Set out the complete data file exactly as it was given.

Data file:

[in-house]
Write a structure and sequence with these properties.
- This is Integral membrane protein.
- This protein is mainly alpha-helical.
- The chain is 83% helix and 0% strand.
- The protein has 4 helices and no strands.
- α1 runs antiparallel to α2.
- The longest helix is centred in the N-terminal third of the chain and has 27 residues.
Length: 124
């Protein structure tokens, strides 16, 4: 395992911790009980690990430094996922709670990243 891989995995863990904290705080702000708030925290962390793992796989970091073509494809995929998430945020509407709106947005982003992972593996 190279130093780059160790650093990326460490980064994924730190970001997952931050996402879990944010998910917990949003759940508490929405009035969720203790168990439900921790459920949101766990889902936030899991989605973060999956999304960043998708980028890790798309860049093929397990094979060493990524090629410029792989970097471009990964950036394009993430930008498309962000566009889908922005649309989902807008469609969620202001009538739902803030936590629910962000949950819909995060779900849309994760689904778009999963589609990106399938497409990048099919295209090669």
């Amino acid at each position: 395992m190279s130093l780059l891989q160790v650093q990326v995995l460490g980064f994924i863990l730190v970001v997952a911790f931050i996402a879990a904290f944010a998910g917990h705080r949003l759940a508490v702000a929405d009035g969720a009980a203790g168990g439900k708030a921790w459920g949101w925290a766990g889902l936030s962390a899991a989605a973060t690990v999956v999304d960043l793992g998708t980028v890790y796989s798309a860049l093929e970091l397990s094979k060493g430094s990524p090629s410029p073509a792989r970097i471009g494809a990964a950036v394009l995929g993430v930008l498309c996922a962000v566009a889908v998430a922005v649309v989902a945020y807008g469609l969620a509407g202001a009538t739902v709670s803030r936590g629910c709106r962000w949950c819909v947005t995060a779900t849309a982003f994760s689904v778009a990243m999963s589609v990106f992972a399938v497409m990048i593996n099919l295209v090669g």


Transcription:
[in-house]
Write a structure and sequence with these properties.
- This is Integral membrane protein.
- This protein is mainly alpha-helical.
- The chain is 83% helix and 0% strand.
- The protein has 4 helices and no strands.
- α1 runs antiparallel to α2.
- The longest helix is centred in the N-terminal third of the chain and has 27 residues.
Length: 124
């Protein structure tokens, strides 16, 4: 395992911790009980690990430094996922709670990243 891989995995863990904290705080702000708030925290962390793992796989970091073509494809995929998430945020509407709106947005982003992972593996 190279130093780059160790650093990326460490980064994924730190970001997952931050996402879990944010998910917990949003759940508490929405009035969720203790168990439900921790459920949101766990889902936030899991989605973060999956999304960043998708980028890790798309860049093929397990094979060493990524090629410029792989970097471009990964950036394009993430930008498309962000566009889908922005649309989902807008469609969620202001009538739902803030936590629910962000949950819909995060779900849309994760689904778009999963589609990106399938497409990048099919295209090669």
């Amino acid at each position: 395992m190279s130093l780059l891989q160790v650093q990326v995995l460490g980064f994924i863990l730190v970001v997952a911790f931050i996402a879990a904290f944010a998910g917990h705080r949003l759940a508490v702000a929405d009035g969720a009980a203790g168990g439900k708030a921790w459920g949101w925290a766990g889902l936030s962390a899991a989605a973060t690990v999956v999304d960043l793992g998708t980028v890790y796989s798309a860049l093929e970091l397990s094979k060493g430094s990524p090629s410029p073509a792989r970097i471009g494809a990964a950036v394009l995929g993430v930008l498309c996922a962000v566009a889908v998430a922005v649309v989902a945020y807008g469609l969620a509407g202001a009538t739902v709670s803030r936590g629910c709106r962000w949950c819909v947005t995060a779900t849309a982003f994760s689904v778009a990243m999963s589609v990106f992972a399938v497409m990048i593996n099919l295209v090669g």